Letting Aer Lingus’s ownership slip is not necessarily wise
Airline has operated successfully in the midst of Europe’s worst recession in living memory
Aer Lingus aircraft at Dublin airport. The airline is in good shape at present, arguably enjoying some of its best trading years since the Irish economy collapsed in 2008. Photograph: Brian Lawless/PA Wire
It’s six months since Willie Walsh first tabled a bid for Aer Lingus. It’s four months since Aer Lingus told the stock market that it was willing to recommend IAG’s €2.55-a-share offer for the Irish airline.
And it’s three months since the Irish airline updated investors on its interaction with the interdepartmental group established by the Government to help it decide if the State’s 25 per cent holding should be sold to IAG.
We’ve had radio silence from the company since then, save for the occasional comment to media to the effect that it would be better for the airline if the Government made a decision sooner rather than later.
Aer Lingus has been in a holding pattern while the Government has dithered on whether or not to sell its shares.
Only in Ireland could such a charade play out for such a long time with a major listed company.
At least now we know the government’s position but the game is still afoot as Ryanair, which owns 29.8 per cent of Aer Lingus, has yet to give its opinion on IAG’s bid.
To be fair to Aer Lingus, the airline has continued to perform well in the interim period, suggesting that management has not allowed itself to be distracted by the bid.
In a trading update on April 29th, Aer Lingus announced an 8 per cent rise in revenues for the first quarter and a 17 per cent increase in its net cash position to €651 million.
The airline made an operating loss of €48 million but this was no surprise as the first quarter is off season and traditionally loss making for the airline.
Aer Lingus is in good shape at present, arguably enjoying some of its best trading years since the Irish economy collapsed in late 2008.
The board of Aer Lingus is very much in favour of IAG’s offer. It argues that a deal would enhance Ireland’s position as a hub for Europe on the North Atlantic, accelerate its long-haul growth plans, grow employment, enhance short-haul growth, strengthen Ireland’s connectivity, and provide access to a global cargo network.
It would also get Ryanair out of its hair, once and for all, which is no doubt an attraction.
But we should be careful what we wish for in terms of IAG. As a former chief executive of Aer Lingus, Willie Walsh would love to own the airline and no doubt has great plans for the company.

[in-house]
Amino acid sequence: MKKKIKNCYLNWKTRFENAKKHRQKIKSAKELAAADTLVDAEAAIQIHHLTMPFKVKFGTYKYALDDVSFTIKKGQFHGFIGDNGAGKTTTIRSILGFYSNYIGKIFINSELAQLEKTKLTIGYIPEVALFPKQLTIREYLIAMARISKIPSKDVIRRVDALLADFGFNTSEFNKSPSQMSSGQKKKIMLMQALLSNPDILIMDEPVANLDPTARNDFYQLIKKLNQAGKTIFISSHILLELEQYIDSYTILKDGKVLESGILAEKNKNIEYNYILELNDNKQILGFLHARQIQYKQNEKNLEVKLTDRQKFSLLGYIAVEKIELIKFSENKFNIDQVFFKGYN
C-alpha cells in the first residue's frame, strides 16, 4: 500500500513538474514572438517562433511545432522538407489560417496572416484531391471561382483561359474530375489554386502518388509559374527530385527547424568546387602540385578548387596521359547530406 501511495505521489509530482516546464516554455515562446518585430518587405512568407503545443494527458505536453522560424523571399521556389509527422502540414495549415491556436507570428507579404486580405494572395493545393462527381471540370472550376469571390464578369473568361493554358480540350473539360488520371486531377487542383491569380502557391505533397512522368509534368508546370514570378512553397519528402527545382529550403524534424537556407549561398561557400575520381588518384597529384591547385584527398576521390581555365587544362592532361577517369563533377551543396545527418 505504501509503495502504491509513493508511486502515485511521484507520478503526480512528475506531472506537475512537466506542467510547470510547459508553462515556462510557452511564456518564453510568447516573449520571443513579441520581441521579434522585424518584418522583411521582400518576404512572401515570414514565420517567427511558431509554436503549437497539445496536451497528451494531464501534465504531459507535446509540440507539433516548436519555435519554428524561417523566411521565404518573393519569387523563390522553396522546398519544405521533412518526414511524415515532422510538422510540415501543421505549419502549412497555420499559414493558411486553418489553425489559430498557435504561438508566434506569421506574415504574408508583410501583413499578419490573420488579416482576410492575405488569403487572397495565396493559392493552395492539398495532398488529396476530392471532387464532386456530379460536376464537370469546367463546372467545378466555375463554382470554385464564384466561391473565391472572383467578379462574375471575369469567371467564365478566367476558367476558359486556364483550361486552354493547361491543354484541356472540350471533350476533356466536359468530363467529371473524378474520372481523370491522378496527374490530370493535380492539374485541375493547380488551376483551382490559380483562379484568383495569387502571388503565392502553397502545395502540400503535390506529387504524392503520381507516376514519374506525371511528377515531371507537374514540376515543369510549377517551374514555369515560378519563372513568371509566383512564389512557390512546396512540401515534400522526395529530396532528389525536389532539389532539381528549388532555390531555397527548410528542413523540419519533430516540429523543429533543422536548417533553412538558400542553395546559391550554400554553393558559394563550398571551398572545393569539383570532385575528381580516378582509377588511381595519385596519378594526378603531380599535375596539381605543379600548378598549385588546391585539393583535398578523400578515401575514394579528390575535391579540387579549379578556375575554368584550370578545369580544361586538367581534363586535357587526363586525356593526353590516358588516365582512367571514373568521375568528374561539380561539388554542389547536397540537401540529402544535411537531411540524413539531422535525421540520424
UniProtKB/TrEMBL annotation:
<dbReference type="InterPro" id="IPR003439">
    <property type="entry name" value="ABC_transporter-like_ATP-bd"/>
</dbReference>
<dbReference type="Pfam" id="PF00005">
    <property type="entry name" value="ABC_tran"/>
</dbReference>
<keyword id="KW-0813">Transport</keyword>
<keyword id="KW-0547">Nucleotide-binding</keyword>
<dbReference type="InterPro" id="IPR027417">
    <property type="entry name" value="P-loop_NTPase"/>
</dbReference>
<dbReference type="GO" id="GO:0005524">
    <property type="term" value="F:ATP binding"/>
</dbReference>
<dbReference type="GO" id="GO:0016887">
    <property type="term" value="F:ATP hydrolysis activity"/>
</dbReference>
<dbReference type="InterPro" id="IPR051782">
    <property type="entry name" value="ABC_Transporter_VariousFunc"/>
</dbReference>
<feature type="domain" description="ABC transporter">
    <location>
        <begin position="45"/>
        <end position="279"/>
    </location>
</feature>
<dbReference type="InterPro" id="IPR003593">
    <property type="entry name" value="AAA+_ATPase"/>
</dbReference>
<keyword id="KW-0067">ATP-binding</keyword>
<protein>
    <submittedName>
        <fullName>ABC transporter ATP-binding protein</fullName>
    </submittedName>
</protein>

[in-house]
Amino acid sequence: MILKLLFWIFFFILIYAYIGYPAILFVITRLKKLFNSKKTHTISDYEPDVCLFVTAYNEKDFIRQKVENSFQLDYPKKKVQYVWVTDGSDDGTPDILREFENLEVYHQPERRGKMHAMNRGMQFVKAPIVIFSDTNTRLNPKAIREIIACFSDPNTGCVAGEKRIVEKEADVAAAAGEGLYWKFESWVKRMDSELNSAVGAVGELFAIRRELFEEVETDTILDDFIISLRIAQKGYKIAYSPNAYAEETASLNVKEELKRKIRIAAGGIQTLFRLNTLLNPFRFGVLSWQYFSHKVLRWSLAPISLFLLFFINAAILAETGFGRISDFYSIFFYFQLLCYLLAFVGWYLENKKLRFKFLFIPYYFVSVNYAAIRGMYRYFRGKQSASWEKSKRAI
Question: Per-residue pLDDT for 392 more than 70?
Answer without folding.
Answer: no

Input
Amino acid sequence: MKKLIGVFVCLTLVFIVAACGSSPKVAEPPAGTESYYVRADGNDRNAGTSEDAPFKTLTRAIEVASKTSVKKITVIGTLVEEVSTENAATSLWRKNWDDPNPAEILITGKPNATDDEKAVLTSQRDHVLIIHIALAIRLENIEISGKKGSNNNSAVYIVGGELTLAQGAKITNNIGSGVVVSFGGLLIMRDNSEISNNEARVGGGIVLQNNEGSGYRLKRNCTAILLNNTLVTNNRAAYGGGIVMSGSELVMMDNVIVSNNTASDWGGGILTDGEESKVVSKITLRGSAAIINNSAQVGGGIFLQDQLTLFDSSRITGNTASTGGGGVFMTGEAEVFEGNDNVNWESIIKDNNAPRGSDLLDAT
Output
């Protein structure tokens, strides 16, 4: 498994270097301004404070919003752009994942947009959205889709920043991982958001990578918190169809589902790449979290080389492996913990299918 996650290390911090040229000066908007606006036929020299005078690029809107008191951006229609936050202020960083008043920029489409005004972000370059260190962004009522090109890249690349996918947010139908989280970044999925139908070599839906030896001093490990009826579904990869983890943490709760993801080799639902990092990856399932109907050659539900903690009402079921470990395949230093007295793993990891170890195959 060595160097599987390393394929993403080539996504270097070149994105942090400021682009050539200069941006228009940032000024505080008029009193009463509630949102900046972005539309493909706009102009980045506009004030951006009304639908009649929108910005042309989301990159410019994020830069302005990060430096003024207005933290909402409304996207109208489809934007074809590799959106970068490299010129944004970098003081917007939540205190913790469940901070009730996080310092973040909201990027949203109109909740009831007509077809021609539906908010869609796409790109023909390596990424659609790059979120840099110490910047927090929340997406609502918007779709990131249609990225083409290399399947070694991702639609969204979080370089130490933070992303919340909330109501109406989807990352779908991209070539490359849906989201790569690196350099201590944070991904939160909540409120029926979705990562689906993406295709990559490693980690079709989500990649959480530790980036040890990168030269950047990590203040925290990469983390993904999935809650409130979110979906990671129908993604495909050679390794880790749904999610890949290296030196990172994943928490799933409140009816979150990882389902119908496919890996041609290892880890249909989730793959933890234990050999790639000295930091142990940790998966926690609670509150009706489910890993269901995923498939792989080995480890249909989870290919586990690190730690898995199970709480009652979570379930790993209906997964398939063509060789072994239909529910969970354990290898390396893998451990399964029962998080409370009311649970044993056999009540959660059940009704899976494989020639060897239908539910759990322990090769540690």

Walsh has played his hand well with the Government, getting it to the point of acceptance after months of careful negotiation.
He’s given a guarantee of seven years on the use of Aer Lingus’s valuable Heathrow slots for Dublin, Shannon and Cork, has committed to retaining and developing the Aer Lingus brand from a headquarters here, and is offering to develop Dublin Airport as a hub for other British Airways traffic.
It sounds great but there are no guarantees on jobs at Aer Lingus and no guarantees on the Heathrow slots beyond the seven years’ window.
Heathrow is Europe’s busiest hub and with the Conservatives now having a majority in Westminster the long- mooted third runway might become a reality, allowing the airport to grow for decades to come.
Aer Lingus’s legacy rights to slots there are extremely valuable for a country that relies heavily on tourism, foreign direct investment and exports. We shouldn’t surrender them lightly.
Walsh also won’t be with IAG forever and who’s to say that his successor will be as enthusiastic about its investment in Aer Lingus? Especially if IAG hits some turbulence.
UK airline BMI withered on the vine under Lufthansa’s ownership and Air France off-loaded its Swords-based subsidiary CityJet when it no longer fit its investment criteria.
Aer Lingus’s management has demonstrated that the airline can operate successfully as an independent carrier. Even in the midst of Europe’s worst recession in living memory and with Ryanair squatting on its share register. It’ll celebrate its 80th birthday next year.
Michael O’Leary might yet queer the pitch by rejecting IAG’s offer, although this might only be a temporary blip given that the competition authorities in the UK seem determined to force Ryanair to sell down its position in Aer Lingus.
Otherwise, Aer Lingus looks set to join the long list of Irish businesses to slip into the ownership of a foreign multinational. This is not necessarily a good thing.